Your own media has already kept you well abreast of troubles in the McCain camp, and the economic dangers they’re so willing to hide behind in order to avoid debating anything that hasn’t stopped in the interim. If your eyes are half open, you know the score, even if the sacrosanct Laws of Armchair Sport forbid you to ask who’s playing or what game it is; and if your eyes are wilfully closed, there’s little I can do but weep with mine.

But oh, America, if you stumble now, then Yeats was right: mere anarchy is loosed upon the world.

It’s hard to know whether the near-constant presence of Barrack Obama in the global media of late – compared to the marked absence of John McCain from anything outside the American press – is the result of a broader campaign, a reflection of its success, or simply based on the novelty of a black American presidential candidate. It might even be a mixture of all three. But reading today about Obama’s stirring speech to a crowd of 200,000 in Berlin, it struck me that the crux of this election isn’t experience, race or even – to a certain extent – the age-old battle between Republican and Democrat. No. Come 4 November 2008, what the American people will vote on is a choice between isolationism and a policy of global cooperation.

Throughout history, American isolationism has had a sporadic role in world politics, notably in 1914 at the outbreak of WWI. While George Bush’s attitude to foreign affairs doesn’t fall exactly into this category, his attitude has long been one of America versus The World, dividing the planet into those for the War on Terror and those against, an approach which has entailed precious little middleground and not much elbow-room for diplomacy. As a policy, isolationsim tends to suggest a self-assuredness that the country in question reigns supreme – in its own opinion, anyway – and therefore need not sully its hands in external affairs, except as a kind of global policeman. Bush has simply pushed this to the next logical point: active interference, rather than passive, but still with the view that America is prima inter pares.

Should McCain be elected President, it seems likely that this approach will continue, possibly followed by a return to genuine isolationism, should circumstances allow. Certainly, I can’t see the opposite happening. Almost exclusively, his pitch has been to the American people – pragmatic, in the sense that these are, after all, his voters, but symptomatic of a mindset which says: the rest of you can go hang. We haven’t asked for your opinion, and we sure as hell aren’t going to.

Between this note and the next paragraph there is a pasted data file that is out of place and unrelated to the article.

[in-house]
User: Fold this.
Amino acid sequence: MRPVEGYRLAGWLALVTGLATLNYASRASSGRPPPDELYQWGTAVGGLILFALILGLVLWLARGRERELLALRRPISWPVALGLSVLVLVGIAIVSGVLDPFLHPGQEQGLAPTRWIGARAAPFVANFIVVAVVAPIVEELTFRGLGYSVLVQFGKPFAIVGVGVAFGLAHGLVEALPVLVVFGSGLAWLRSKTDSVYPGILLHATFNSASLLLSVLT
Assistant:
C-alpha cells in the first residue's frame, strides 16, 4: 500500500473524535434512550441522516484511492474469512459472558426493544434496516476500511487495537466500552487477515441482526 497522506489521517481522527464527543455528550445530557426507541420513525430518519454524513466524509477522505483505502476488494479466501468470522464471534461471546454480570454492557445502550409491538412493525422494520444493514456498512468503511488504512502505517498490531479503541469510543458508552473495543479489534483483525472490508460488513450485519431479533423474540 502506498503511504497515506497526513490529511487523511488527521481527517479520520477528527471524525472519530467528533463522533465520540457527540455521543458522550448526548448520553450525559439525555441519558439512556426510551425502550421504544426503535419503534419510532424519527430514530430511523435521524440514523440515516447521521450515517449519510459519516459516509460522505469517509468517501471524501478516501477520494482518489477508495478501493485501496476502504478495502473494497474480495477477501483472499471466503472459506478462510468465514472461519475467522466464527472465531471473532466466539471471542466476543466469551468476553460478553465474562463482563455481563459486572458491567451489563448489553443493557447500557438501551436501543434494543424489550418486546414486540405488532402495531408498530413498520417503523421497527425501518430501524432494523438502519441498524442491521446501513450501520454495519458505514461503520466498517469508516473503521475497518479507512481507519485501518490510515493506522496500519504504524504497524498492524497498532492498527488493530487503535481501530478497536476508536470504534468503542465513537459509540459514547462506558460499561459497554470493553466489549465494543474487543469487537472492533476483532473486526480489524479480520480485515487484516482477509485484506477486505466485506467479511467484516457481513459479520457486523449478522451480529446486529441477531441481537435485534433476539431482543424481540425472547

By contrast, Obama has set out not just to woo his constituency, but the world at large. And it’s working. Whether or not other nations like America or agree with its current foreign policy, it remains an indsiputable superpower, and for many governments, the thought of a President who might actually bring their kind of diplomacy to the table, regardless which party he belongs to, is an exceedingly welcome change. As far as campaigns go, it portrays foresight, shrewd politics and a view that America needs to take the rest of the world into consideration – to compromise, not just when a strongarm approach has failed, but because it’s good politics to do so.

But the question, as always, rests with American voters. Can enough of them be persuaded to care what the rest of the world thinks? Is the idea of a change in foreign policy more attractive than the prospect of same-old, same-old? Have the failings of the Bush government resonated strongly enough that McCain can’t play to the idea of change = danger, familiarity = safe? Does increased global confidence in the President rate as an important electoral consideration? Or is the idea of foreign policy beyond military commitments so far off the radar that when the polls open, everything will hinge on the pitch-and-toss of national concerns?

I can’t be sure. But as a citizen of the world beyond the States, I know what my plea to voters is.

Choose, America. But choose wisely.